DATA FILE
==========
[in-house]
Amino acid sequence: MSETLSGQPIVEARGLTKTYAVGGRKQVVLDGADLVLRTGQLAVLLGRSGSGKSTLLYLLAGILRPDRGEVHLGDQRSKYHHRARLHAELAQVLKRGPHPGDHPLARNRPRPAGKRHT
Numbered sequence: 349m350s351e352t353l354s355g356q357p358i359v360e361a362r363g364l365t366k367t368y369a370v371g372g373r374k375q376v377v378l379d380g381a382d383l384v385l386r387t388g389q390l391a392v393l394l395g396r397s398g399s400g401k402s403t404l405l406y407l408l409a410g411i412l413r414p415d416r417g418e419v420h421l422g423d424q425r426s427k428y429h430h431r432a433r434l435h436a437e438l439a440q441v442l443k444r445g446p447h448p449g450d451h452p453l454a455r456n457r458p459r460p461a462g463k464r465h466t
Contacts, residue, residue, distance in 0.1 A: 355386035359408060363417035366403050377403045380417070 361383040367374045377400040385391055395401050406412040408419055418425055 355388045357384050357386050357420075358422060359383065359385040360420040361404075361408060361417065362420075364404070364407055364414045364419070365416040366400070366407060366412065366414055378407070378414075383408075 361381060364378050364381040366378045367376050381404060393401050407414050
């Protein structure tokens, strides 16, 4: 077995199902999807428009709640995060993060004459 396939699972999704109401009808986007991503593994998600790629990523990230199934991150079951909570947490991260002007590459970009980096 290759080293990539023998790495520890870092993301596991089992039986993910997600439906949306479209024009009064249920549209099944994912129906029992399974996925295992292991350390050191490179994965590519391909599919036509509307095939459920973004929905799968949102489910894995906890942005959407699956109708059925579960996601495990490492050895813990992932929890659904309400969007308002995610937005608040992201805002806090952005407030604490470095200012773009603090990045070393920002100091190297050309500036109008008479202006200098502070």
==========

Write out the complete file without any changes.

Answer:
[in-house]
Amino acid sequence: MSETLSGQPIVEARGLTKTYAVGGRKQVVLDGADLVLRTGQLAVLLGRSGSGKSTLLYLLAGILRPDRGEVHLGDQRSKYHHRARLHAELAQVLKRGPHPGDHPLARNRPRPAGKRHT
Numbered sequence: 349m350s351e352t353l354s355g356q357p358i359v360e361a362r363g364l365t366k367t368y369a370v371g372g373r374k375q376v377v378l379d380g381a382d383l384v385l386r387t388g389q390l391a392v393l394l395g396r397s398g399s400g401k402s403t404l405l406y407l408l409a410g411i412l413r414p415d416r417g418e419v420h421l422g423d424q425r426s427k428y429h430h431r432a433r434l435h436a437e438l439a440q441v442l443k444r445g446p447h448p449g450d451h452p453l454a455r456n457r458p459r460p461a462g463k464r465h466t
Contacts, residue, residue, distance in 0.1 A: 355386035359408060363417035366403050377403045380417070 361383040367374045377400040385391055395401050406412040408419055418425055 355388045357384050357386050357420075358422060359383065359385040360420040361404075361408060361417065362420075364404070364407055364414045364419070365416040366400070366407060366412065366414055378407070378414075383408075 361381060364378050364381040366378045367376050381404060393401050407414050
């Protein structure tokens, strides 16, 4: 077995199902999807428009709640995060993060004459 396939699972999704109401009808986007991503593994998600790629990523990230199934991150079951909570947490991260002007590459970009980096 290759080293990539023998790495520890870092993301596991089992039986993910997600439906949306479209024009009064249920549209099944994912129906029992399974996925295992292991350390050191490179994965590519391909599919036509509307095939459920973004929905799968949102489910894995906890942005959407699956109708059925579960996601495990490492050895813990992932929890659904309400969007308002995610937005608040992201805002806090952005407030604490470095200012773009603090990045070393920002100091190297050309500036109008008479202006200098502070």